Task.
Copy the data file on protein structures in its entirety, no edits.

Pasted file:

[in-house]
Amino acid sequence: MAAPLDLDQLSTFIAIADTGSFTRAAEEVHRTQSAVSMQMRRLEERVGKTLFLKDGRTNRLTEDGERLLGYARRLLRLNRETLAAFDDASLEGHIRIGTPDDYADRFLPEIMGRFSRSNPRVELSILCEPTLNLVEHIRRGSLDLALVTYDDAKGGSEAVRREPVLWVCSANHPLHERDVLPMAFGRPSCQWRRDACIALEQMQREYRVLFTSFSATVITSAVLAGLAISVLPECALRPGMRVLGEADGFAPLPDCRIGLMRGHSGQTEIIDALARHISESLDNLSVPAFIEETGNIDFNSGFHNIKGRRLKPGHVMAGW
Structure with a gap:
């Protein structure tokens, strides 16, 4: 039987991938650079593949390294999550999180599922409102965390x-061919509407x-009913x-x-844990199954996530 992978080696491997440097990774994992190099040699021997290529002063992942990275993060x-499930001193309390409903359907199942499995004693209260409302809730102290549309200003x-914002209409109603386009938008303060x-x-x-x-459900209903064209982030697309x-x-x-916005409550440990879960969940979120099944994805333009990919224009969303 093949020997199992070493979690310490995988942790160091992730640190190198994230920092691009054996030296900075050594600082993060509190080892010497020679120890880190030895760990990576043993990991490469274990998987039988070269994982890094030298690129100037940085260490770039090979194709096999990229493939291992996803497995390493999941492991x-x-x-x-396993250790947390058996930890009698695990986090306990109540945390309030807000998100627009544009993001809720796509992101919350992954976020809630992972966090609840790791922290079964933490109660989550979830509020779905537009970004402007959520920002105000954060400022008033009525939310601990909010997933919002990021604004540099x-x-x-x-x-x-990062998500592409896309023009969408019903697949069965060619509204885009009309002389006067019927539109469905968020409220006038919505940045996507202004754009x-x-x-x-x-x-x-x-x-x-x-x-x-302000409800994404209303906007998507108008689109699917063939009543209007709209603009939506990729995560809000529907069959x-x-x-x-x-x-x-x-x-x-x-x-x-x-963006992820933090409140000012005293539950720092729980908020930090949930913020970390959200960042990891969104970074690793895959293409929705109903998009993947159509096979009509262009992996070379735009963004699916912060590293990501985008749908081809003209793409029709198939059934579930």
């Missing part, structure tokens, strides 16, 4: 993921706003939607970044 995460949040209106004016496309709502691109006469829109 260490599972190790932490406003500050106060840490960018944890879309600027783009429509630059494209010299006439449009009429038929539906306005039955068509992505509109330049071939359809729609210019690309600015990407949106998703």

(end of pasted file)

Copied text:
[in-house]
Amino acid sequence: MAAPLDLDQLSTFIAIADTGSFTRAAEEVHRTQSAVSMQMRRLEERVGKTLFLKDGRTNRLTEDGERLLGYARRLLRLNRETLAAFDDASLEGHIRIGTPDDYADRFLPEIMGRFSRSNPRVELSILCEPTLNLVEHIRRGSLDLALVTYDDAKGGSEAVRREPVLWVCSANHPLHERDVLPMAFGRPSCQWRRDACIALEQMQREYRVLFTSFSATVITSAVLAGLAISVLPECALRPGMRVLGEADGFAPLPDCRIGLMRGHSGQTEIIDALARHISESLDNLSVPAFIEETGNIDFNSGFHNIKGRRLKPGHVMAGW
Structure with a gap:
């Protein structure tokens, strides 16, 4: 039987991938650079593949390294999550999180599922409102965390x-061919509407x-009913x-x-844990199954996530 992978080696491997440097990774994992190099040699021997290529002063992942990275993060x-499930001193309390409903359907199942499995004693209260409302809730102290549309200003x-914002209409109603386009938008303060x-x-x-x-459900209903064209982030697309x-x-x-916005409550440990879960969940979120099944994805333009990919224009969303 093949020997199992070493979690310490995988942790160091992730640190190198994230920092691009054996030296900075050594600082993060509190080892010497020679120890880190030895760990990576043993990991490469274990998987039988070269994982890094030298690129100037940085260490770039090979194709096999990229493939291992996803497995390493999941492991x-x-x-x-396993250790947390058996930890009698695990986090306990109540945390309030807000998100627009544009993001809720796509992101919350992954976020809630992972966090609840790791922290079964933490109660989550979830509020779905537009970004402007959520920002105000954060400022008033009525939310601990909010997933919002990021604004540099x-x-x-x-x-x-990062998500592409896309023009969408019903697949069965060619509204885009009309002389006067019927539109469905968020409220006038919505940045996507202004754009x-x-x-x-x-x-x-x-x-x-x-x-x-302000409800994404209303906007998507108008689109699917063939009543209007709209603009939506990729995560809000529907069959x-x-x-x-x-x-x-x-x-x-x-x-x-x-963006992820933090409140000012005293539950720092729980908020930090949930913020970390959200960042990891969104970074690793895959293409929705109903998009993947159509096979009509262009992996070379735009963004699916912060590293990501985008749908081809003209793409029709198939059934579930």
């Missing part, structure tokens, strides 16, 4: 993921706003939607970044 995460949040209106004016496309709502691109006469829109 260490599972190790932490406003500050106060840490960018944890879309600027783009429509630059494209010299006439449009009429038929539906306005039955068509992505509109330049071939359809729609210019690309600015990407949106998703």